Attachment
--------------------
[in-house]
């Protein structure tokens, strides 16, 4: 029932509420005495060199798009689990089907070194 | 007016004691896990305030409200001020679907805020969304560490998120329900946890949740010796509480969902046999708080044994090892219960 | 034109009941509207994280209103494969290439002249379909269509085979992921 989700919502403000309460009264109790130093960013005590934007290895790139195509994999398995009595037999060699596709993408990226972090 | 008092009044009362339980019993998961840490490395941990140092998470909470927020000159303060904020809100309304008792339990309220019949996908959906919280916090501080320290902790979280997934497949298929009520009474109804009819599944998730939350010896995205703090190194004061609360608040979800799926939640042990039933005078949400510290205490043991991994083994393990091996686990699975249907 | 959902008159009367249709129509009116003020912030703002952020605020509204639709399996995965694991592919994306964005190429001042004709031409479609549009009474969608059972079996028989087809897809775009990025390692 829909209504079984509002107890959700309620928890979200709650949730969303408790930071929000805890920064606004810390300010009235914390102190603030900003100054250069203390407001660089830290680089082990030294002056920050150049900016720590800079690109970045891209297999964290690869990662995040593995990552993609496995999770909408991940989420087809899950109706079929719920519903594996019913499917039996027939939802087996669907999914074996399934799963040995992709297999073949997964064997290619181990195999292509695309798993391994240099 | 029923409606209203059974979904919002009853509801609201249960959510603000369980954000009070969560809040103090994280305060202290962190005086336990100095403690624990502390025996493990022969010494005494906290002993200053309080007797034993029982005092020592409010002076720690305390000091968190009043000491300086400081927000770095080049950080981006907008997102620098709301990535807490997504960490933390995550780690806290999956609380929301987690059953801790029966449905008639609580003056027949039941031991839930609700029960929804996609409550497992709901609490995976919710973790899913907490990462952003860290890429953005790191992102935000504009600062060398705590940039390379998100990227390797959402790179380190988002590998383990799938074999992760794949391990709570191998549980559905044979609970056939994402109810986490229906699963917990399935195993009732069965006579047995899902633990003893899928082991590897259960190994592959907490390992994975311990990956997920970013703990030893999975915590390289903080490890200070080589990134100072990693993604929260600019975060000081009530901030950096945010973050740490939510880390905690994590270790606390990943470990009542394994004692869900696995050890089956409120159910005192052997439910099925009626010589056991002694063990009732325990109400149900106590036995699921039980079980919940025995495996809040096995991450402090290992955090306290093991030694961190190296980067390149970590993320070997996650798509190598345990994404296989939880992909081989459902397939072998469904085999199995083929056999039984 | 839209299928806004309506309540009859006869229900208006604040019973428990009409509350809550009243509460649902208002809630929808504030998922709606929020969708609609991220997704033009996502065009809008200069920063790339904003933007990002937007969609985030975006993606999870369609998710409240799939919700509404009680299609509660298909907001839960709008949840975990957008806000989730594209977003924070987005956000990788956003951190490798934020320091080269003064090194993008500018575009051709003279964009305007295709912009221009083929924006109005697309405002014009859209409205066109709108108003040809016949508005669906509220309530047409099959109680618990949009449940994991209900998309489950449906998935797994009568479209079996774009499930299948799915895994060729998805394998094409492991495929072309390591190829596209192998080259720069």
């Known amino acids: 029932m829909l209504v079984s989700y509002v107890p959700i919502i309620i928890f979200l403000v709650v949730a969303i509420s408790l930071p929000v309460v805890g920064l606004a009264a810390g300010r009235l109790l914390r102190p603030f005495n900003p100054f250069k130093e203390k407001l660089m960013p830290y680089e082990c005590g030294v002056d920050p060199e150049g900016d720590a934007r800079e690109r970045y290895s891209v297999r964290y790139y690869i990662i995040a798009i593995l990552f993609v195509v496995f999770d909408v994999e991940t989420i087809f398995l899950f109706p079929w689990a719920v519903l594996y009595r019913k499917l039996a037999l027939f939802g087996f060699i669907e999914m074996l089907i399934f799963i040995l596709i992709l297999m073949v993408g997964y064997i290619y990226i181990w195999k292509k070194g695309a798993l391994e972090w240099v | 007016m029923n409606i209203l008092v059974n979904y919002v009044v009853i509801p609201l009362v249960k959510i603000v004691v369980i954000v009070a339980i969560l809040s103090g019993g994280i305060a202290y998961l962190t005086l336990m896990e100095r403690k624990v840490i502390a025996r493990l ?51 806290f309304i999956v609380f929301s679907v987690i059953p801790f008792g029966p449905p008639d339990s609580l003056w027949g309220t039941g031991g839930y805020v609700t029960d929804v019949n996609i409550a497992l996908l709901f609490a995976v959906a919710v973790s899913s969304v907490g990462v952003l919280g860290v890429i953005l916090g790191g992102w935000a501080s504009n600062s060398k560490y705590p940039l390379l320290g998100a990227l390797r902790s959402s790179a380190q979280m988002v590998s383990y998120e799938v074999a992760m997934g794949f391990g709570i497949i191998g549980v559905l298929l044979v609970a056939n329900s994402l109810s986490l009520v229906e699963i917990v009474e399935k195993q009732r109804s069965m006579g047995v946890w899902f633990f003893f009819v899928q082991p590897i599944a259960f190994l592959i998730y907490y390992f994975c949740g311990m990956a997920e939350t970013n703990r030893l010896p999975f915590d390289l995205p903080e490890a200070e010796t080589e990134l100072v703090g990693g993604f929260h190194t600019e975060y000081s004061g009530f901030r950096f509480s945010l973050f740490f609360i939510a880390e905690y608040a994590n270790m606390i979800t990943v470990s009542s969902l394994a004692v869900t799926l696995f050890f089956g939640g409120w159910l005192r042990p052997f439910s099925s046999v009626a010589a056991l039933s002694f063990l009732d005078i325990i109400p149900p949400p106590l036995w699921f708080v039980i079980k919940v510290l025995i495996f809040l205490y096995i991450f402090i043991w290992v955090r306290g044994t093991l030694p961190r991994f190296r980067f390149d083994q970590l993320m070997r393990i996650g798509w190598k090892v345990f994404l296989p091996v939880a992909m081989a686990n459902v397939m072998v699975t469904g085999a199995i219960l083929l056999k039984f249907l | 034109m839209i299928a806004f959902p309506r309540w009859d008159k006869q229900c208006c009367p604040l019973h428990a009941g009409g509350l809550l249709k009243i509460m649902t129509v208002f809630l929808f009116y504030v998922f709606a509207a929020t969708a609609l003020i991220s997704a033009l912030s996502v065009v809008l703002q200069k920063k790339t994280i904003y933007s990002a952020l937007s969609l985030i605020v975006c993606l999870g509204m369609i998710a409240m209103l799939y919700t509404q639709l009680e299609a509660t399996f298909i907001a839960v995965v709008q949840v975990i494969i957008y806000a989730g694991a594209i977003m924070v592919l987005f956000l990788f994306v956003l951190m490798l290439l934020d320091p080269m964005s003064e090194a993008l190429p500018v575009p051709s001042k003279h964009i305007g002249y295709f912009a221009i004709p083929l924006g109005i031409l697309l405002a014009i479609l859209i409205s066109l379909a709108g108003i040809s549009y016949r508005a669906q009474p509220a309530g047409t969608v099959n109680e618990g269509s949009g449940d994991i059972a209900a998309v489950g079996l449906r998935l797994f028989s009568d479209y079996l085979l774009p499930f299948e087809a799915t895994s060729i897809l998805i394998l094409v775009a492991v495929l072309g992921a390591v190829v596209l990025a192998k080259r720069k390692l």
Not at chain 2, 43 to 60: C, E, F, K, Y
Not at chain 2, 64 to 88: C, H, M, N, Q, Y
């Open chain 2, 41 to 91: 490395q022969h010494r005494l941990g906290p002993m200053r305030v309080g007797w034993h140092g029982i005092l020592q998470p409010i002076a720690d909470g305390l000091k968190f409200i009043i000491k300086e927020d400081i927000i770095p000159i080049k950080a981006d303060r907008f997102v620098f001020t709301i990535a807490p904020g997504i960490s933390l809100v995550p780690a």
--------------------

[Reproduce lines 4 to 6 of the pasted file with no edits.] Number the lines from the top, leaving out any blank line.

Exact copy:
Not at chain 2, 43 to 60: C, E, F, K, Y
Not at chain 2, 64 to 88: C, H, M, N, Q, Y
């Open chain 2, 41 to 91: 490395q022969h010494r005494l941990g906290p002993m200053r305030v309080g007797w034993h140092g029982i005092l020592q998470p409010i002076a720690d909470g305390l000091k968190f409200i009043i000491k300086e927020d400081i927000i770095p000159i080049k950080a981006d303060r907008f997102v620098f001020t709301i990535a807490p904020g997504i960490s933390l809100v995550p780690a």